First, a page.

WE MIGHT be on the verge of winter but I heard a twinkling of bird song last week by the banks of the River Devon; a mellow and soft warbling tune that floated gently above the noise of the tumbling water.

It was a dipper’s song, such sweet music, and so nice to hear at a time when most other birds are relatively quiet.

Dippers are early nesters – they may be sitting on eggs by March – so it is not unusual on milder days in autumn and winter to hear the males singing as they set up their territories and start looking for a mate.

It is thought that they nest so early to ensure that the development of their youngsters coincides with a peak in aquatic invertebrates that occur in the river in spring and early summer.

The dipper is one of our most remarkable song birds because of its ability to dive and forage under water for caddis fly larvae and other invertebrates.

It is often said that the dipper can walk under water, but this is not really the case.

Instead, it uses its wings to exert downward thrust to counteract its natural buoyancy, enabling it to feast upon small creatures along the bottom.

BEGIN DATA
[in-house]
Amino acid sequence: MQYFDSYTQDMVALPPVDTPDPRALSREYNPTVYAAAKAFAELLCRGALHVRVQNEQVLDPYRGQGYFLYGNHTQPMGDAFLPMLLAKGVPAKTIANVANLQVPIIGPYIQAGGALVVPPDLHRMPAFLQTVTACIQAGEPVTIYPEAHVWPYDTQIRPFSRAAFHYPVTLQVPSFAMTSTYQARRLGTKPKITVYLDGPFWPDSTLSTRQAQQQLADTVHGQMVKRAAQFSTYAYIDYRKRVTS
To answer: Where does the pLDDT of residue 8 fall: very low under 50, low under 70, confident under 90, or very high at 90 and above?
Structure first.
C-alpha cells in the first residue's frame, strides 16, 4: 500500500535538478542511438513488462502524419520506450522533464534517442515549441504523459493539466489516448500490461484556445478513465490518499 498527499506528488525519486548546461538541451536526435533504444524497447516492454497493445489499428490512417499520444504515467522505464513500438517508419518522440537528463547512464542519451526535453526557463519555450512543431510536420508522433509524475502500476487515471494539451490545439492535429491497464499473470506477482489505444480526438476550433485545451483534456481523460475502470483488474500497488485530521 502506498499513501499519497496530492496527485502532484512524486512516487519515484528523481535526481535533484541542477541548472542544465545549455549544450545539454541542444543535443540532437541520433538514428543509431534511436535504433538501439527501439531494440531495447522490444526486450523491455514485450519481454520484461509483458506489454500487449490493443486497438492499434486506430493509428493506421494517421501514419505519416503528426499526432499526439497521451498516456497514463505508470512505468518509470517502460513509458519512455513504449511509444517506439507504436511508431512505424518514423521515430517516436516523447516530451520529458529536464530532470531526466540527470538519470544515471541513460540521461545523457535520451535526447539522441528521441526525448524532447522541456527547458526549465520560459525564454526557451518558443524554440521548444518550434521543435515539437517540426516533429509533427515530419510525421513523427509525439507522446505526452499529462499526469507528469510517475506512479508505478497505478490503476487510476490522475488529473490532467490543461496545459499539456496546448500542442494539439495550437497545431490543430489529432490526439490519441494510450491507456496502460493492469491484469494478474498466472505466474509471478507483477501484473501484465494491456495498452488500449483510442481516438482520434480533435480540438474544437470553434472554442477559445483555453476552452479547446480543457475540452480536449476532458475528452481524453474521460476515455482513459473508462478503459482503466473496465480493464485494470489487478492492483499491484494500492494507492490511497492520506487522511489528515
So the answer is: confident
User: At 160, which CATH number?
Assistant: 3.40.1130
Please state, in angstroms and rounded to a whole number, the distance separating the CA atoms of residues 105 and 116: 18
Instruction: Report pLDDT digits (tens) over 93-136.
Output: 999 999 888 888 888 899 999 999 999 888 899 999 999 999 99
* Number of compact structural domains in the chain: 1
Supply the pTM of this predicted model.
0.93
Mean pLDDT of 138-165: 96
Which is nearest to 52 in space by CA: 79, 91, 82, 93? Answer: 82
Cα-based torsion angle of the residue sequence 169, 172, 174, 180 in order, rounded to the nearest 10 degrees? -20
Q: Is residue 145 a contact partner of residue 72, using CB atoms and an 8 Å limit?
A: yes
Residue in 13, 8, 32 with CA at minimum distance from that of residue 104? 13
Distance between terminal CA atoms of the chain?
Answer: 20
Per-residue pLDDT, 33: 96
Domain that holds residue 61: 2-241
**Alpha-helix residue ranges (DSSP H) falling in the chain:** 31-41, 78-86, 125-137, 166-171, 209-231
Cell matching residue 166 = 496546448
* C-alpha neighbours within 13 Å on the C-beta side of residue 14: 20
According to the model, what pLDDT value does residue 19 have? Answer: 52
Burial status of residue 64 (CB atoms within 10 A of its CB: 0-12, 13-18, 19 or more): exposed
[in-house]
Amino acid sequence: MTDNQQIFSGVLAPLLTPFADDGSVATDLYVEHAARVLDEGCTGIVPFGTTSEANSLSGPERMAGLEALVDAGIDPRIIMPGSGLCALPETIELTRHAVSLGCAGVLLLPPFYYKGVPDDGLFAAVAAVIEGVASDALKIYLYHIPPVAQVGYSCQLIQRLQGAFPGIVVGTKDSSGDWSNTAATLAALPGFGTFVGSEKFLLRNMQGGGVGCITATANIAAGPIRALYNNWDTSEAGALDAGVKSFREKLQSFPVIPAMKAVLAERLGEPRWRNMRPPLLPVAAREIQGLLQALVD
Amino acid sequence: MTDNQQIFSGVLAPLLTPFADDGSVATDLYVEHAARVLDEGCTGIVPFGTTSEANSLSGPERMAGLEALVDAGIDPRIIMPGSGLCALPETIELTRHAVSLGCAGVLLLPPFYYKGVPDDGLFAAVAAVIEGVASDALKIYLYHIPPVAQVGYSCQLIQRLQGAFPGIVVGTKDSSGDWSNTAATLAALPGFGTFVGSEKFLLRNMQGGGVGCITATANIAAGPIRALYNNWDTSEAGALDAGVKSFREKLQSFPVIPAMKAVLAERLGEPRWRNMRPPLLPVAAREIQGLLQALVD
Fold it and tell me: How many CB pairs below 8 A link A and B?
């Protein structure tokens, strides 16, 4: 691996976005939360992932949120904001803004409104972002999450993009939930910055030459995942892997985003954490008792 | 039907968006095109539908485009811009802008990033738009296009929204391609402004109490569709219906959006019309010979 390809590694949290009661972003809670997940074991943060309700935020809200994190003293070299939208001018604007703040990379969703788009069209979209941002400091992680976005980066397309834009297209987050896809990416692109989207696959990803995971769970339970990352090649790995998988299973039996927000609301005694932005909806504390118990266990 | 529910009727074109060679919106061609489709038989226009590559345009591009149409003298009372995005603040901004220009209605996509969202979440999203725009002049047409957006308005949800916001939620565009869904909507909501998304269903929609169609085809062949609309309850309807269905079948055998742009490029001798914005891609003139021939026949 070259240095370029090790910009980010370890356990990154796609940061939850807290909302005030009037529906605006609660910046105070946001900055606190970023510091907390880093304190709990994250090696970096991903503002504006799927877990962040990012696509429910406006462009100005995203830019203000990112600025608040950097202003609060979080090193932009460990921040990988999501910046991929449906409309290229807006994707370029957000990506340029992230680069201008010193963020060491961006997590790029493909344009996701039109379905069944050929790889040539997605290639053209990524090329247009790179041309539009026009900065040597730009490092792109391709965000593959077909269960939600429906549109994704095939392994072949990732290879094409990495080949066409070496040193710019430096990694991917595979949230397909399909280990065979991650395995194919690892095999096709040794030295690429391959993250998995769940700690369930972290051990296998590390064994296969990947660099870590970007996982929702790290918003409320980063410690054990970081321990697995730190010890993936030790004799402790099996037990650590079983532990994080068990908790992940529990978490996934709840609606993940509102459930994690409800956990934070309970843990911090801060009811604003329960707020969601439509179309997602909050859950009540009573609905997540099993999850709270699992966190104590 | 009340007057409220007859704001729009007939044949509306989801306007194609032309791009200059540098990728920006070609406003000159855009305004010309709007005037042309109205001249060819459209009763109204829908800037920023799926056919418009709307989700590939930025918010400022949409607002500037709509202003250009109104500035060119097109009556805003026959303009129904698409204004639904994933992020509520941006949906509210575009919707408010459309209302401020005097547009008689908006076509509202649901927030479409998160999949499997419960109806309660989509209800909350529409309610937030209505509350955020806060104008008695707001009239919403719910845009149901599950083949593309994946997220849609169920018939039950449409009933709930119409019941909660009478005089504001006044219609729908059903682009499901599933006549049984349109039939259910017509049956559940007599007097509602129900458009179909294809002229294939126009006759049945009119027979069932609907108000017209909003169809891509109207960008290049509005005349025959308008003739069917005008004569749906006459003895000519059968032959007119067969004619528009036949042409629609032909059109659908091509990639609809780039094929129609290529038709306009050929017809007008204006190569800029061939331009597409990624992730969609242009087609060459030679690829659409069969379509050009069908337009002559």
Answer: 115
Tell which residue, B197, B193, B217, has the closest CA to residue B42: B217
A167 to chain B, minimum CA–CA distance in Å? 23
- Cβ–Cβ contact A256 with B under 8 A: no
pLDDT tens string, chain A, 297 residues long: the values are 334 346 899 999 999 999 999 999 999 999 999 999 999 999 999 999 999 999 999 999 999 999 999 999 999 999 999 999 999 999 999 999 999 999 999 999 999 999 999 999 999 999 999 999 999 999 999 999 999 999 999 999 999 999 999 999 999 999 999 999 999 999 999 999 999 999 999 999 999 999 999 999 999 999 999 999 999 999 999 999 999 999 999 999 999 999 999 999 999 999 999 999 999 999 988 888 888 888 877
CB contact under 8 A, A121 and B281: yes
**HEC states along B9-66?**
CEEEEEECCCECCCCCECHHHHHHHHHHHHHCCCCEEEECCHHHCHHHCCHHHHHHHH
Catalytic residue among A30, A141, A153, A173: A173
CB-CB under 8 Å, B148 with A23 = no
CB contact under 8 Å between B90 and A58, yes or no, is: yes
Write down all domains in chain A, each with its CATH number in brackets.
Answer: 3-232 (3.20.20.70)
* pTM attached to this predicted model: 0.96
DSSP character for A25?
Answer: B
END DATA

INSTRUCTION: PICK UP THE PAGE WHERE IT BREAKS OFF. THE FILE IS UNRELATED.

Later that day in nearby woodland, I glimpsed a red squirrel and a grey squirrel up the same tree.

They ignored each other and seemed more interested in my presence below, no doubt waiting for me to move-on so that they could continue their search for seeds and nuts in peace.

Both greys and reds have thrived in this wood for as long as I can remember, and it is interesting how they happily co-exist here, whereas in many other parts of the country greys have displaced their red cousins.

Indeed, in this little piece of Wee County woodland, the reds are now more prevalent than ever and certainly outnumber the greys.

As ever, nature ebbs and flows. The reds might be on the ascendency for the moment, but only time will tell whether this is a long-term trend.